The Point Store Gallery on Saturna Island, BC, is featuring some of my photos this month, until September 25th.
As an experiment, I got some of my pictures printed on aluminum and on acrylic, with very interesting results.
East Point Sky, 30 x 20″ photo printed on acrylic
The day I took that picture, I had wandered to East Point, on Saturna Island and I was concentrating on the kelp. The previous night had been windy, and the shoreline is always interesting after a big wind…
When I looked up, there was a gift waiting for me: the sky. And these people by the former fog alarm building obligingly provided scale to this grandiose sky.
Speaking of the shoreline after a big wind: a lot of kelp ends up on the shore at low tide. Bull kelp, in particular, fascinates me.
Elegant Duo, Bull Kelp, 24 x 18″ photo printed on aluminum
Wet kelp is very sleek. Its lines are seductive. I tried printing this one on aluminum; in the areas with light pigment, the metal shows through, highlighting the shining effect of the light.
During the opening, last week, I liked watching people interact with this picture. They walked back and forth in front of it, observing the changing light effects.
More experiments to come.
This afternoon, I went to East Point for a walk. Beautiful day, lovely surprises. First, the view, from the cliffside…
Then, a close up of gorse (Ulex europeanus), an invasive species brought over a long time ago, and making its way around the islands. Spiny, nasty plant with gorgeous bloom… There has to be a good side to everything, right?
And finally, a jewel on the cliff… Indian paintbrush (Castillejia), native wildflower blooming in the sun on a cliff… It cheered me up no end.
It’s pretty quiet at the house these days. I have spent a considerable amount of time in my garden, trying to defeat the wilderness which is creeping in from all corners. I already had to mow the grass twice in the garden, a sign of regular rain, and warmer weather…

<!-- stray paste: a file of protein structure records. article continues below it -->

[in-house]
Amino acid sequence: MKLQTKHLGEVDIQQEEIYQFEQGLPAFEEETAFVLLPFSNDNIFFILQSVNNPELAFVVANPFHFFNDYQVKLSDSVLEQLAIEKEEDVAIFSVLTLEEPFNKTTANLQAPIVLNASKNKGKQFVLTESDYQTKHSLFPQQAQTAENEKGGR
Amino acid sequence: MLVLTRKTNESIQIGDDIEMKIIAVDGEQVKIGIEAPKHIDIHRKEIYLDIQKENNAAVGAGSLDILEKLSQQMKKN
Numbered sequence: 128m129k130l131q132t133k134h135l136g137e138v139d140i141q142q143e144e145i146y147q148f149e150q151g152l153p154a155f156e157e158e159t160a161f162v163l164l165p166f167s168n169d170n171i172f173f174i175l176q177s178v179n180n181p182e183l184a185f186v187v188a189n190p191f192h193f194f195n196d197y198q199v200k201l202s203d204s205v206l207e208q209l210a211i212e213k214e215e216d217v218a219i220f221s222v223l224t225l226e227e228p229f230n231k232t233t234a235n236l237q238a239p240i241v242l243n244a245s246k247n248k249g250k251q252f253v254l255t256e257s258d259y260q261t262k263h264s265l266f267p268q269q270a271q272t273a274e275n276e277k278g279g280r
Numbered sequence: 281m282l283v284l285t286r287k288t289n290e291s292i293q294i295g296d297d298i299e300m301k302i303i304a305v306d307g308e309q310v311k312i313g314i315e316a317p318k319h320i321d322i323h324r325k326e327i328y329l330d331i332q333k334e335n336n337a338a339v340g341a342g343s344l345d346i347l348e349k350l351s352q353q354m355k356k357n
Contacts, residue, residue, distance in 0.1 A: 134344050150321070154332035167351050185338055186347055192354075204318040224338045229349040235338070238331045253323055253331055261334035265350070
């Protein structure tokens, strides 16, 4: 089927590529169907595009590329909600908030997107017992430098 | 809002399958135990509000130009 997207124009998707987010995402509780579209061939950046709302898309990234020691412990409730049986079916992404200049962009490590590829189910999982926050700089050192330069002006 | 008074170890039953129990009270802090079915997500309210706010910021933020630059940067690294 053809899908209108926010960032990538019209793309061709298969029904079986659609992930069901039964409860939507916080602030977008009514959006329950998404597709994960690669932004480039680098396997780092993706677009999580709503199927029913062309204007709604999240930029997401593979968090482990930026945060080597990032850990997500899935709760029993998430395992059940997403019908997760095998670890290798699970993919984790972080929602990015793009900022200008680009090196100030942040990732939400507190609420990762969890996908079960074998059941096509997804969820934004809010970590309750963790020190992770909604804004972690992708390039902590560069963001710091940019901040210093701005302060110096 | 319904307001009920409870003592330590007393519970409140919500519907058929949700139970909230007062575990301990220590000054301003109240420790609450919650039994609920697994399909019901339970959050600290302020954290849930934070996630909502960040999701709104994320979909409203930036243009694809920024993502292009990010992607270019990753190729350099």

When I look out over the water, boat traffic remains pretty light. The other day, which was exceptionally sunny, I noticed a tug pulling a log boom. Actually, I heard the tug first, its engine calling it to attention. Then I thought the light was just right for a picture or two…
There you have it: a forest, floating on the ocean, being pulled in a giant lasso (the “boom”), headed for Vancouver, to be loaded onto freighters bound for Asia, most likely. BC exports its trees whole. Saves a few jobs in this province, that’s for sure.
On that day, the tug circled up and down Plumper Sound, obviously biding its time, waiting before the crossing of Georgia Strait toward Vancouver. Maybe there is an overflow of trees, log booms awaiting loading. A glut of floating forests in the Port of Vancouver…
All around this island, when you stare at the water, you see bull kelp. Starting to grow early in the season. In full bloom, later, during the summer. Almost poking out of the water in early fall. Too tall for low tide!
Here is an informal picture of bull kelp (nereocystis luetkeana) floating about in the current. This annual kelp grows to impressive size (90 feet+) in one season, then breaks down and washes up in the most interesting “curls” on the shore, in the fall.
It creates forests underwater, where countless creatures hide, live and make a living.
Time to take a look at my neglected garden, clean up, try to eliminate the blackberries that are making an incursion… Dangerous business, blackberry removal. Must get thicker gloves. In the meantime, bumblebees are having a party in the rock cress (aubrieta) that is growing over the stone wall.